PFI has always been controversial, but bipartisan consensus in its favour in Westminster has lasted for more than two decades.

    Introduced by Sir John Major in 1992, the schemes were super-charged by New Labour after Tony Blair and Gordon Brown won big in 1997 by convincing middle England of their prudence.

    The chancellor’s golden rules required him to keep debt and the deficit low, and PFI offered a way to upgrade the fabric of the state without breaking those rules because the debts incurred to fund infrastructure were held by private companies and kept off the government’s balance sheet.

    Mr Brown attributes the Labour conversion to PFI to Neil Kinnock, Mr Blair’s predecessor. In his recent memoir My Life, Our Times, the former prime minister places PFI at the heart of the party’s modernisation project, writing that Lord Kinnock “had fought a long battle against those who opposed public-private partnerships to rebuild our infrastructure”.

    Mr Brown saw it as “mobilising private sector skills for public purposes, ending the sterile battle for territory between public and private sectors”.

    George Osborne as chancellor promised a “fundamental reassessment” of the PFI model, resulting in PF2, which has not been widely taken up.

    Thus, PFI is essentially a story of the New Labour years. Huge debts are being paid to private companies, but 85 per cent of PFI payments in 2016-17 relate to decisions made more than ten years ago, when Mr Brown had just moved into Downing Street, and 42 per cent to decisions made 15 years ago or more.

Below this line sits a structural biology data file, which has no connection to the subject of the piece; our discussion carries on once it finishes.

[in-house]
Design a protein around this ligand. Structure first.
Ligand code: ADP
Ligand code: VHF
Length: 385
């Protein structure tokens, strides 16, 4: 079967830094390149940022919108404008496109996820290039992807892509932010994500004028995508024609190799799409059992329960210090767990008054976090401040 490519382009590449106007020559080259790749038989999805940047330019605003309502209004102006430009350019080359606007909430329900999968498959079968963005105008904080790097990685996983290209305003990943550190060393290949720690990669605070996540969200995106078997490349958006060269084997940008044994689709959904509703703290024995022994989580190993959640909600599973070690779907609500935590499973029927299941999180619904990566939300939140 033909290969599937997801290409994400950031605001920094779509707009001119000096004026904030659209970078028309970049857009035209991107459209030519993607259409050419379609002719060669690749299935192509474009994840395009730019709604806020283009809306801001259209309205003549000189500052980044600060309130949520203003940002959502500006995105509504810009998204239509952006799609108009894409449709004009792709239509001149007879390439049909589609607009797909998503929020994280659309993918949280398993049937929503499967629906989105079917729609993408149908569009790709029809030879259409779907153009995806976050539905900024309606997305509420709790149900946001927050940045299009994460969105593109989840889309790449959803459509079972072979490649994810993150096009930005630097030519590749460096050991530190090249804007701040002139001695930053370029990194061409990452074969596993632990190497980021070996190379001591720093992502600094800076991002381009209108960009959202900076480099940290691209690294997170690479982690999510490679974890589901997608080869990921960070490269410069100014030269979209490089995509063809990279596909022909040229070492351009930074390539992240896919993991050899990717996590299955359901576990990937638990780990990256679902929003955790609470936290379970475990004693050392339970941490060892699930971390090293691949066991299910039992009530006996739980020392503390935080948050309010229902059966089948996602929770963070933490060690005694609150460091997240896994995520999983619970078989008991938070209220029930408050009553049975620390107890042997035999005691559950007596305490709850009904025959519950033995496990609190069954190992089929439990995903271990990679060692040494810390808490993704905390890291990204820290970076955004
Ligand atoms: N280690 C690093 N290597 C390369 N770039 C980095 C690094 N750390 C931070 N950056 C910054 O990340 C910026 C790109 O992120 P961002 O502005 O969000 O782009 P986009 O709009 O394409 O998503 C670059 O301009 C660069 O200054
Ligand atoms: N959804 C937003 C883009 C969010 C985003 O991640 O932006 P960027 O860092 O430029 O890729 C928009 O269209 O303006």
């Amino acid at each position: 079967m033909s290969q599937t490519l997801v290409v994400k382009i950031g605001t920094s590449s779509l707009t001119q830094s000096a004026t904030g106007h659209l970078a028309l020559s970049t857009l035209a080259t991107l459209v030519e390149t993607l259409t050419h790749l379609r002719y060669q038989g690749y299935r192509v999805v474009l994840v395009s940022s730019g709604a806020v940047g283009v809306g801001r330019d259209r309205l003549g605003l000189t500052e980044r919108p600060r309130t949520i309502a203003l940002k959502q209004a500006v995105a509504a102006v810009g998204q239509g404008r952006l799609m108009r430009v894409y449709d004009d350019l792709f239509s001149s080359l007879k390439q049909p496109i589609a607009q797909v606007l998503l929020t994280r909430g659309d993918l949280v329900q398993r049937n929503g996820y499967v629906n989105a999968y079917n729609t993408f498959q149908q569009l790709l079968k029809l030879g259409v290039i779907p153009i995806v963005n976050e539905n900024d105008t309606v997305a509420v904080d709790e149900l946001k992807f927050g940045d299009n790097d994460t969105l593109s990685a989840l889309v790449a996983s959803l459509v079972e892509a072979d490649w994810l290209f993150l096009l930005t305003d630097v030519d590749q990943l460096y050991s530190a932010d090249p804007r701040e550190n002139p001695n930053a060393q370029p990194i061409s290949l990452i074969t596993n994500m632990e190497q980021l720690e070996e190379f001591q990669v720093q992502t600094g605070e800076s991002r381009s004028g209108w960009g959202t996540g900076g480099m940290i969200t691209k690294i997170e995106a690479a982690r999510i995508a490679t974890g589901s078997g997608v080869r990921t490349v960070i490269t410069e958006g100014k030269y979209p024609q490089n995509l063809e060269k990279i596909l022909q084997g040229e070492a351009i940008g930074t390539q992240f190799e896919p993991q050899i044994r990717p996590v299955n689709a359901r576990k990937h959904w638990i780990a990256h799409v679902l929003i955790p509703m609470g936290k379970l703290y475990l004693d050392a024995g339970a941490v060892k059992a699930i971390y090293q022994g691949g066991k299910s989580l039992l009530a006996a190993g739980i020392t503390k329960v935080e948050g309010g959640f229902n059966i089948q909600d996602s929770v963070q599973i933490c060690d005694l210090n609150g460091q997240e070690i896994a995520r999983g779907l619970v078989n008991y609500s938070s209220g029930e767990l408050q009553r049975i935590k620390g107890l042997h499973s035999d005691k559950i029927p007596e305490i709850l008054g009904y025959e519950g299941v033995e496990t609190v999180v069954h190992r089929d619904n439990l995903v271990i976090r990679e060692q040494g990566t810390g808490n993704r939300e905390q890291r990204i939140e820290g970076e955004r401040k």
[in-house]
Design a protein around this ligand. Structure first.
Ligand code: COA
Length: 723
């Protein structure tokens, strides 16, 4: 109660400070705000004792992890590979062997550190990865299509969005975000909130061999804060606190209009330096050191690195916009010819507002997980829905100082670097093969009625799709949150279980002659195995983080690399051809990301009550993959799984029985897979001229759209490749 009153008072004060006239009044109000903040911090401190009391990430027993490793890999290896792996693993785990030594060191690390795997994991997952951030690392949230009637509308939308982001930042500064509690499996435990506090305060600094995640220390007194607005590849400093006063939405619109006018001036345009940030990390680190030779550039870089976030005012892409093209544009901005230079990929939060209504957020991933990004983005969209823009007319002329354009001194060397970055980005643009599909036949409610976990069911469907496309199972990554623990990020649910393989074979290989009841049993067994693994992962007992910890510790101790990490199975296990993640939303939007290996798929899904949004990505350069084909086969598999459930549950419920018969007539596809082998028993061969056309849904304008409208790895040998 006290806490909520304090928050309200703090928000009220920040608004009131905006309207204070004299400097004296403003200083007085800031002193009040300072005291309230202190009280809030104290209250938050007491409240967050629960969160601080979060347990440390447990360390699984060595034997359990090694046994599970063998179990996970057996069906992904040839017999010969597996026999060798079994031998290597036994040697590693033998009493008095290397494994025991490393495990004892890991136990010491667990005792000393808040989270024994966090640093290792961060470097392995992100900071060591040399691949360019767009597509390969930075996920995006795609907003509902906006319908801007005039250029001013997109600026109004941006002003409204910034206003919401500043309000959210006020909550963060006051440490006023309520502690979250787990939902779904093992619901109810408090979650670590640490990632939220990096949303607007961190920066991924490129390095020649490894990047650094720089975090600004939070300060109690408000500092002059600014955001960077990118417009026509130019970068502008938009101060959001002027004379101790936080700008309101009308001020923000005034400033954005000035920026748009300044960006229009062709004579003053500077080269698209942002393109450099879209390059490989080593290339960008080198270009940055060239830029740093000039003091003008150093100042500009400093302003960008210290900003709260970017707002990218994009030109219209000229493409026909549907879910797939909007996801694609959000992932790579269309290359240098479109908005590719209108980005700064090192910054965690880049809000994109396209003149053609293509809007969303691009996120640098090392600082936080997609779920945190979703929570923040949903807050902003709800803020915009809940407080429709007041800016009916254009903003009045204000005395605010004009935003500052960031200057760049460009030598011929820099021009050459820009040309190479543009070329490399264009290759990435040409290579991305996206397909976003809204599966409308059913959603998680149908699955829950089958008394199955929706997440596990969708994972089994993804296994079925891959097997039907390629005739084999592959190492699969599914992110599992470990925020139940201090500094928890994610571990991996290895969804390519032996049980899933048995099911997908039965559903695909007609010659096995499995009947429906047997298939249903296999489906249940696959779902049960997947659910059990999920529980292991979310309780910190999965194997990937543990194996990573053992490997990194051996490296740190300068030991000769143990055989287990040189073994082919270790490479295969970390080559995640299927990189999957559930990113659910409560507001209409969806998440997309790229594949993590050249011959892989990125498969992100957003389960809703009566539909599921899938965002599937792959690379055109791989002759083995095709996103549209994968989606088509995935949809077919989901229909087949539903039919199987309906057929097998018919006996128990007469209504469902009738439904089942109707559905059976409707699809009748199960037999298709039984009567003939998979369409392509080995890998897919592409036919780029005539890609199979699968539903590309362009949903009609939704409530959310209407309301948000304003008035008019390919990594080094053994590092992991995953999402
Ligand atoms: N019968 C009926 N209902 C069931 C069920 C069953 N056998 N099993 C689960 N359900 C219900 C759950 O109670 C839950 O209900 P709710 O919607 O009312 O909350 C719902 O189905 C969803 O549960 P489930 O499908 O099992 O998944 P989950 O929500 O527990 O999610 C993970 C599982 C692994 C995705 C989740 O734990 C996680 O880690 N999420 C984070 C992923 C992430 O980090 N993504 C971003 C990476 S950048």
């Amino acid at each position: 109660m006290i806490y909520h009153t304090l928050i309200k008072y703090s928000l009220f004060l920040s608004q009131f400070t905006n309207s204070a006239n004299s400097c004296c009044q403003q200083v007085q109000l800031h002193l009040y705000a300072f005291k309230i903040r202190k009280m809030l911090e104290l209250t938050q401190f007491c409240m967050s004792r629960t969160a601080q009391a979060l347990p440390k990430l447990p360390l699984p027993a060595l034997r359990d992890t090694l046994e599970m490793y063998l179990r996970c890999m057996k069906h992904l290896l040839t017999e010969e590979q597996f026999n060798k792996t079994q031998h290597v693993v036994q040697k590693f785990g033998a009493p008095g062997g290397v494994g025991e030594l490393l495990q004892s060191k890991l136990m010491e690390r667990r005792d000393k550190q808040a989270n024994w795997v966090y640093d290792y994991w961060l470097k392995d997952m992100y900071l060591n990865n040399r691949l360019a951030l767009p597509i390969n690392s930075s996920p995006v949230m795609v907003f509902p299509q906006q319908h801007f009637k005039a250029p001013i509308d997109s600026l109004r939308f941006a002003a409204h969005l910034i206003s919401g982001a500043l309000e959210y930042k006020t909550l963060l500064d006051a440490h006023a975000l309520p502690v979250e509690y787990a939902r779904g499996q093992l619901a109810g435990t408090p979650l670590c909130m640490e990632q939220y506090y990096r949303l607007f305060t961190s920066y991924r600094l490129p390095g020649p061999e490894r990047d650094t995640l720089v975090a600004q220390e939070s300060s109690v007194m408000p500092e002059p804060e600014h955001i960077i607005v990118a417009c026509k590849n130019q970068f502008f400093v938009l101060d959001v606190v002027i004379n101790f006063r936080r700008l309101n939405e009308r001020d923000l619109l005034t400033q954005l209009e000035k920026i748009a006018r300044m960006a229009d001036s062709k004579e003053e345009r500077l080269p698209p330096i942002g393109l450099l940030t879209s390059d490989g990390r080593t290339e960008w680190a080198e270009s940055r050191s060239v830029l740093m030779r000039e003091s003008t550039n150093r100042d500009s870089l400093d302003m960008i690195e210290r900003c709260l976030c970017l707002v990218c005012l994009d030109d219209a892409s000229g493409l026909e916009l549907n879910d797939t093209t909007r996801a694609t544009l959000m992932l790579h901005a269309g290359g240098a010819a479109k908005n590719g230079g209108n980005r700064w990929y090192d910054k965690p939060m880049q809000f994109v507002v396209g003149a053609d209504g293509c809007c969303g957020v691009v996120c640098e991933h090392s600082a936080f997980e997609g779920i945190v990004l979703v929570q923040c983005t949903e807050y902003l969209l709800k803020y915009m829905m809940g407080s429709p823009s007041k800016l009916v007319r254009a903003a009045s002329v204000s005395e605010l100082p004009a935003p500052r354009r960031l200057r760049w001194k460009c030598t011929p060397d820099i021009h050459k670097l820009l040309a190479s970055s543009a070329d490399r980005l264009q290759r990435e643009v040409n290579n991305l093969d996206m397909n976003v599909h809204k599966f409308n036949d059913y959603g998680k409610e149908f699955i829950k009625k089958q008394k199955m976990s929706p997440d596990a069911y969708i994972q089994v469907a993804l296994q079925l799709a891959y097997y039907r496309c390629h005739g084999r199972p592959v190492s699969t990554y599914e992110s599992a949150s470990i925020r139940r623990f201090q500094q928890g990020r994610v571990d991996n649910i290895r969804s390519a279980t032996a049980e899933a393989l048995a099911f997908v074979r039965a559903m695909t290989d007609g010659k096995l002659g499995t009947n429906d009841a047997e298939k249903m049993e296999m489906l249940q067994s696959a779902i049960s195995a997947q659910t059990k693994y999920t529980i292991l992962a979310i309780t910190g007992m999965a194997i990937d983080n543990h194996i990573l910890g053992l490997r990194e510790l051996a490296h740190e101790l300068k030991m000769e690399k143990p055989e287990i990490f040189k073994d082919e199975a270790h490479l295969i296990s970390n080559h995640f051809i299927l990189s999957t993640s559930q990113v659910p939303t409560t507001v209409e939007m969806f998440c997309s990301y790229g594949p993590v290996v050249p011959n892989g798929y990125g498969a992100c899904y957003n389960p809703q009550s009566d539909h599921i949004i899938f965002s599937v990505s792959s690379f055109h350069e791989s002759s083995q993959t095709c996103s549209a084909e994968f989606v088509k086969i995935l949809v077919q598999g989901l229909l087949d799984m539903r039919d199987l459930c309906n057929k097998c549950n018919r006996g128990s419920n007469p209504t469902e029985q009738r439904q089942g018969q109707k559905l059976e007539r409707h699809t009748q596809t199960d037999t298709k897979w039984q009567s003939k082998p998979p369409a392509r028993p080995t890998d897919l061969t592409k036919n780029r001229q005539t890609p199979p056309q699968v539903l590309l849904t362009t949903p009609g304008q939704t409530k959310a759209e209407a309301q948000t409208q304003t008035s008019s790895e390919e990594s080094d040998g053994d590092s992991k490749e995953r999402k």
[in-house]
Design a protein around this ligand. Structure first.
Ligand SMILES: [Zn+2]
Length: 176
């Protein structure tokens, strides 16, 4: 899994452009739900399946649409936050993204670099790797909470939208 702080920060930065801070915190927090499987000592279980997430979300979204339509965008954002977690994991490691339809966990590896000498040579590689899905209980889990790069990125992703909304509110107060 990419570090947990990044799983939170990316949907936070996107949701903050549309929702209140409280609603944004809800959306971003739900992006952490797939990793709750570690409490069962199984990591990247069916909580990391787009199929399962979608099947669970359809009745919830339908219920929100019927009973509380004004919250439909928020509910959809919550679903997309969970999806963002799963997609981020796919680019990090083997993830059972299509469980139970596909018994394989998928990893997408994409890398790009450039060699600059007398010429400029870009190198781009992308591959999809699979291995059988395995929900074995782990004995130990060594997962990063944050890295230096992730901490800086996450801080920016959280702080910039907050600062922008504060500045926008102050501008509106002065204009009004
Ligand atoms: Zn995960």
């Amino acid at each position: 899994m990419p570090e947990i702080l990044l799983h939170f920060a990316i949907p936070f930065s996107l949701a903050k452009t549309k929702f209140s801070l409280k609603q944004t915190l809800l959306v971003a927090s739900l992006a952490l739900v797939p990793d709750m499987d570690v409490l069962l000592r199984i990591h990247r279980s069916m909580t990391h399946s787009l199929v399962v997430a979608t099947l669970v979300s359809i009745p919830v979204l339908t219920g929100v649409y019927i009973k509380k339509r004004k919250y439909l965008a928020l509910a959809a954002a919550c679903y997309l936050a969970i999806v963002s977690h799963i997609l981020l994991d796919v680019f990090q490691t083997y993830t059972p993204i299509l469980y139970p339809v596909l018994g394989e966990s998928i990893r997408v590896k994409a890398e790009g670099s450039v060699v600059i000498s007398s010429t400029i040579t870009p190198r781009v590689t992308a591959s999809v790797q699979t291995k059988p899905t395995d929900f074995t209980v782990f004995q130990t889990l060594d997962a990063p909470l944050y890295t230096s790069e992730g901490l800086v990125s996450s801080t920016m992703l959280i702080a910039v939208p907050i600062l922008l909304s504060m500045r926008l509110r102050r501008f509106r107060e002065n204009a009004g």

PFI gone wrong:

    Wye Valley NHS Trust
    Some hospitals are unable to reduce hospital car park charges under PFI contracts. In 2013 Wye Valley NHS Trust said that fees at Hereford’s county hospital were controlled by Mercia Healthcare, the trust’s PFI partner.
       
    Bristol Metropolitan Academy
    The secondary school paid £8,154 for a blind because of its PFI contract. Under “life-cycle” costs written into some deals, schools can be locked into contracts that force them to pay high prices for small items.

    Newman RC College
    Schools can face large bills from their PFI partners for facilities management. Newman RC College, a secondary school in Oldham, was charged £48 for security guards to open the premises so pupils could use the lavatory.
       
    Her Majesty’s Treasury
    The Treasury was refurbished using a PFI contract. When MPs considered proposals to relocate the Commons, the Treasury said that the terms of its deal ruled out lending its building to MPs.

    My pump-action drivel gun is smoking hot today!
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  • VimFuegoVimFuego Frets: 5176